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The battle in the Valley.

The most graphic and interesting account we have received of the gallant right in the valley on Sunday, the 23d inst, is contained in letter received by us, written by an eye witness of, and active participant in, the excrement. The writer of this letter is a christian gentleman of high social standing, who has made many sacrifices in behalf of the cause, and who is as ready and willing to shield the sword in defence of the right as to use the pen in describing the heroism devotion of our gallant troops. He ens. the engagement the "Battle of wm. which is probably more correct me we have heretofore given it, Battle of Barton's Rifle." The about one and a half miles dis being only about three and m Winchester.

gratified, in reading this letter high spirit of chivalric gal by our officers in leading on tried soldiers to the une history of this unholy Kernstown must occupy a pro and the martyrs who fell there will hold a conspicuous place in the memories of a grateful people. In all respects it was one of the most remarkable fights of the whole war, and the instances of individual gallantly are perhaps, more numerous than in any other engagement since the war commenced. Our correspondent says:

‘ History scarcely records such a desperate stand as our little army, under Gen Jackson, made against the fearful odds of at least six of seven to one, from all the most reliable accounts received. From every quarter the intelligence arrives that the enemy numbered from eighteen to twenty thousand or more, while our little Spartan hands in the find numbered not more than twenty-five or twenty-seven not dread all told. Yet the victory was our, defeats for we fought the enemy till the dusty evening showed the woods apparently riven with ten thousand streams of lightning fiercely flashing. We then fell back and retired from the field, having piled the ground with the fallen enemy in such numbers that they quelled at the shock of the victory they claimed — sad victory for the Northern army, Indeed.

’ When we consider that our little army marched forty-six miles from Winchester within ten days before, baggage trains and off, and then made a force march on the next day and a half of forty miles, arriving at the scene of action word down and hungry; while the enemy were Irish--had all the advantage ground, a picked position, and six or seven to our one, the wonderful fight which our men made seems beyond all parallel — Had our enemies been in our condition and we in theirs, it is evident that their whole army would have been overthrown. As it was, they were repulsed three times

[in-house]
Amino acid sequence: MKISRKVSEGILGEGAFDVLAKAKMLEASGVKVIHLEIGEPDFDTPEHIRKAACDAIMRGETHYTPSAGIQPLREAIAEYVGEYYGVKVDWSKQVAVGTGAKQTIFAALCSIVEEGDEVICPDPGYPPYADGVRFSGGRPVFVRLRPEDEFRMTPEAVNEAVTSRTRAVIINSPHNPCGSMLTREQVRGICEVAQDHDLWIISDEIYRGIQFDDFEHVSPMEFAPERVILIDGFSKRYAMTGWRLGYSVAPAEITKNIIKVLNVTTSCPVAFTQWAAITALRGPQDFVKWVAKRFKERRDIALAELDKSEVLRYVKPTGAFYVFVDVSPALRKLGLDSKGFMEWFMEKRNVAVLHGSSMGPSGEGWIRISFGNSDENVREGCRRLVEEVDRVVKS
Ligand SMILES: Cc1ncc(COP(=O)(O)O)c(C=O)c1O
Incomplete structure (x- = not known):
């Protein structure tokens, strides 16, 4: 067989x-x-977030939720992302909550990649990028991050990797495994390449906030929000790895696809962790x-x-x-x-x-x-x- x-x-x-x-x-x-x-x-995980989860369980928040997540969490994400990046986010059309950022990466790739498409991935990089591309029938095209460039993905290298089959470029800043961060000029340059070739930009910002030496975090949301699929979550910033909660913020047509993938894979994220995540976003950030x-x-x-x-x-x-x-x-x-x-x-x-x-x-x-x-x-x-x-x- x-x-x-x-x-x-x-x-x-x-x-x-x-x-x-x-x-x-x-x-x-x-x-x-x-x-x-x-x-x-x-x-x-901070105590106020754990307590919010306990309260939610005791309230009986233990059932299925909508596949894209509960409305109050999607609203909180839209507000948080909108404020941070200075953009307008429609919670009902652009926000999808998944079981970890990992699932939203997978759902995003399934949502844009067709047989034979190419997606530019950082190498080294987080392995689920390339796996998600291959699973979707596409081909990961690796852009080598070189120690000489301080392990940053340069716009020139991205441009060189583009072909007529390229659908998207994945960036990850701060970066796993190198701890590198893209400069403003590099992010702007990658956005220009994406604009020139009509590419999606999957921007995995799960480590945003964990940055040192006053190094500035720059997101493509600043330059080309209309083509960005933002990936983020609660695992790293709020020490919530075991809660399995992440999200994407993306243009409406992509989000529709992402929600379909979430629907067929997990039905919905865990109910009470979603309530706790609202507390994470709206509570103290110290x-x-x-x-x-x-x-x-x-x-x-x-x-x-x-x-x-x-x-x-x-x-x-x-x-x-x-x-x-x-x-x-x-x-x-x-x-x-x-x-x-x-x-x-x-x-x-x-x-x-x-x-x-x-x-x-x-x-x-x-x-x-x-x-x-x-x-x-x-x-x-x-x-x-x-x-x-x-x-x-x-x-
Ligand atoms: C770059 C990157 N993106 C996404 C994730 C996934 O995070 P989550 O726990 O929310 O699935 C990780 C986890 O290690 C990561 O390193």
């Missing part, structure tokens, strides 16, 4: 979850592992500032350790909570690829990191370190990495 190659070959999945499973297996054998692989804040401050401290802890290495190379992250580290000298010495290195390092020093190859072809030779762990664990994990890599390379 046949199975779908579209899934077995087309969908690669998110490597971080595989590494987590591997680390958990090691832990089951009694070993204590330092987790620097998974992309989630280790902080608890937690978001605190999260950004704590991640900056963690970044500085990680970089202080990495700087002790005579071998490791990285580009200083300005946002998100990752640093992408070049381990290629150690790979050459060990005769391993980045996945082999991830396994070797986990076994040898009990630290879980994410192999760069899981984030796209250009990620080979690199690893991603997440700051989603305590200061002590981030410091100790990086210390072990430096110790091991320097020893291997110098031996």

Skirmishing commenced in the morning between Col. Ashby's and the Yankee cavalry, and continued all day with successful defence upon our part.

The 27th Regiment was brought up on the left at a about half-past 4 o'clock P. M., and with the gallant Col. Echols commanding, did dreadful execution with their sure aim.

The 3rd Regiment, Col. Cummings commanding, was on the right of the 27th, and held the enemy's centre during the battle.

The 21 Regiment, Col. Allen was in position, and fought with tremendous power — the Colonel waving a cartoon ball over his head, and dashing on, it is said, cheering his men through the leaden rain.

The 5th Regiment, with equal determination, Col. Harman commanding fought with undaunted courage. Other regiments were at their posts. The 4th. Lt. Col Reynolds commanding, displayed distinguished bravery. Col. Cummings and Lieut. Col. Jones, of the 33', were in the hottest fire of the enemy's centre, and raided their command with indomitable spirit and bravery; while Adj's Neff behaved with a courage that will not soon be forgotten, and Sergeant Major Barton fought bravely the whole time. The latter is missing. Major Lee being injured by the Rich of a horse before the day of battle was not on the field. The gallant commandants of companies of the 33d and their men responded to the torrent of the enemy's bullets with a rapidly and constancy that can not but add lustre to the glorious name they gained at Manassas.

The Rockingham company, under Lieut Huston, fought with great determination, officers and men, and won for themselves a name of which Rockingham may be proud. They maintained their ground in the face of immense odds. Sergeant Joseph Hansburger, who was twice wounded, it is though, was captured in an ambulance while being carried from the field. Adam Wise was killed. Thomas Middle. George Shipp, and Preston armentrout, were wounded and captured Let those in Rockingham who wish to assist in defence of their homes enlist in this noble company.